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Will the G20 bailout work?

This article is over 15 years, 1 months old
Gordon Brown’s G20 plan to "save the world" has been hailed a truimph by the media.
Issue 2146

Gordon Brown’s G20 plan to “save the world” has been hailed a truimph by the media.

“Brown’s new world order” declared the Guardian – the Daily Mail added an exclamation mark to the same headline.

According to the bosses’ Financial Times paper, the G20 meeting on Thursday was the day that world leaders “fought back against the recession”.

At the summit Brown trumpeted “an additional $1.1 trillion programme of support to restore credit, growth and jobs in the world economy”.

But then came the reality.Beyond the money agreed by the G20 there are specific pledges to reform the global banking system, impose extra controls and better accounting standards on hedge funds, tighter rules for credit rating agencies, and a commitment to “name and shame” tax havens that fail to share information with regulators.

What this will achieve is debatable. The OECD, a club for the rich nations, and the World Bank already name and shame tax havens.

In any case, it is unclear how pointing at the Cayman Islands and noting that it is an uncooperative tax haven will stop the recession.

Along the way, world leaders dropped an already vague commitment to encourage “low carbon” and “greener” investment, which they made at the last G20 meeting.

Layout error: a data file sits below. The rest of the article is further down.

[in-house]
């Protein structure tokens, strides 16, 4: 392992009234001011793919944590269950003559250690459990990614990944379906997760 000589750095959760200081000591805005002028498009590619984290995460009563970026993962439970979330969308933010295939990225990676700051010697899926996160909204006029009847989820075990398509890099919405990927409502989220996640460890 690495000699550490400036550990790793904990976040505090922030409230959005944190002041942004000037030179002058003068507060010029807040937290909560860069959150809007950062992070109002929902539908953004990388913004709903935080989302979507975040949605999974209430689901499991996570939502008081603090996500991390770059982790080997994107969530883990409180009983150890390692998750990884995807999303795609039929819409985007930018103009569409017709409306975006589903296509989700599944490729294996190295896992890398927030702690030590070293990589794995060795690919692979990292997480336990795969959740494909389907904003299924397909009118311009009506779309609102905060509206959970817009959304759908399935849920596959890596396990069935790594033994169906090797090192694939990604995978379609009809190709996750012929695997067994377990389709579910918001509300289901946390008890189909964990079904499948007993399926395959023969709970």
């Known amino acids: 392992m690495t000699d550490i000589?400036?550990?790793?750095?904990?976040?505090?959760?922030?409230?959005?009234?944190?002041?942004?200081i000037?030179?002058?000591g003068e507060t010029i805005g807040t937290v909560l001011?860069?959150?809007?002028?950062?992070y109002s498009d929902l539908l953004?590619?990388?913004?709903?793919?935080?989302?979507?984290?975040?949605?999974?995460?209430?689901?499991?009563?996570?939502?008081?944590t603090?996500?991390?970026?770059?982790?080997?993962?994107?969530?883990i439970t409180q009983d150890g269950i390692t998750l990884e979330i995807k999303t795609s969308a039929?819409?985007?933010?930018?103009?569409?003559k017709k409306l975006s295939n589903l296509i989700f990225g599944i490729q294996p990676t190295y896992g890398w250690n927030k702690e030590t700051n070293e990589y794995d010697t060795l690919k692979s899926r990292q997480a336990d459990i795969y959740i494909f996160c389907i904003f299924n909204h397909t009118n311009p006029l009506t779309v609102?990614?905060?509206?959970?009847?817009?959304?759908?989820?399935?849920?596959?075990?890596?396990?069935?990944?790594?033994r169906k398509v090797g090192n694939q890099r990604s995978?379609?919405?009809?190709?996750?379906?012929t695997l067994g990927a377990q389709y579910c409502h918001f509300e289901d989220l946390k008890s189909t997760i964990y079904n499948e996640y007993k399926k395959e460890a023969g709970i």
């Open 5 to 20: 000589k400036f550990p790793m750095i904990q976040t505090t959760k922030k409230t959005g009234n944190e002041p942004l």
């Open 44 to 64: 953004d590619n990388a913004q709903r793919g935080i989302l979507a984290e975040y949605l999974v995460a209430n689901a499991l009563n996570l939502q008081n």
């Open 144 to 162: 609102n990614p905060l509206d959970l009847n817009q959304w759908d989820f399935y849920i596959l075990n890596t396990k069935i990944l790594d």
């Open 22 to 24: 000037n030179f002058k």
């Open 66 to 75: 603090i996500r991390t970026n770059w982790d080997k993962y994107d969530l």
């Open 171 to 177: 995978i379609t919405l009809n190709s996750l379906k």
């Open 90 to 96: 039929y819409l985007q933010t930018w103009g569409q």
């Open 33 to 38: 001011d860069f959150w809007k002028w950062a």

The latest G20 agreement allegedly represents a common approach to dealing with the billions of pounds worth of toxic debts. But the reality is different.

While Labour has bought up much of this debt using public money, other world leaders are less keen to follow in their path.

These divisions lie behind the claims of a $1 trillion package. Once the previously announced funds and the promises are removed it is a about a tenth of the size of that.

Despite Brown’s claims to the contrary, it is not a stimulus package. World leaders do not agree on the use of stimulus packages.

Rather it is an agreement to lend money to the International Monetary Fund (IMF) at some unspecified point in the future to bail out countries facing bankruptcy.

As countries such as Hungary and Ukraine have recently learned, these bailouts come with a price.

The IMF insists on governments implementing severe “austerity measures” as part of the conditions for its loans – something that must be dreadfully familiar to people in the world’s poorest countries.

The conditions include cutting wages and slashing public services. So, Hungary has a target of cutting wages by over 7 percent this year as part of its IMF deal.

The presumption behind the G20 deal is that economies will collapse, the IMF will come in and lend money. Then it will use its power to push through neoliberal measures.

This isn’t a deal to save the world. It is a continuing plan to try to make workers pay for the bosses’ crisis.

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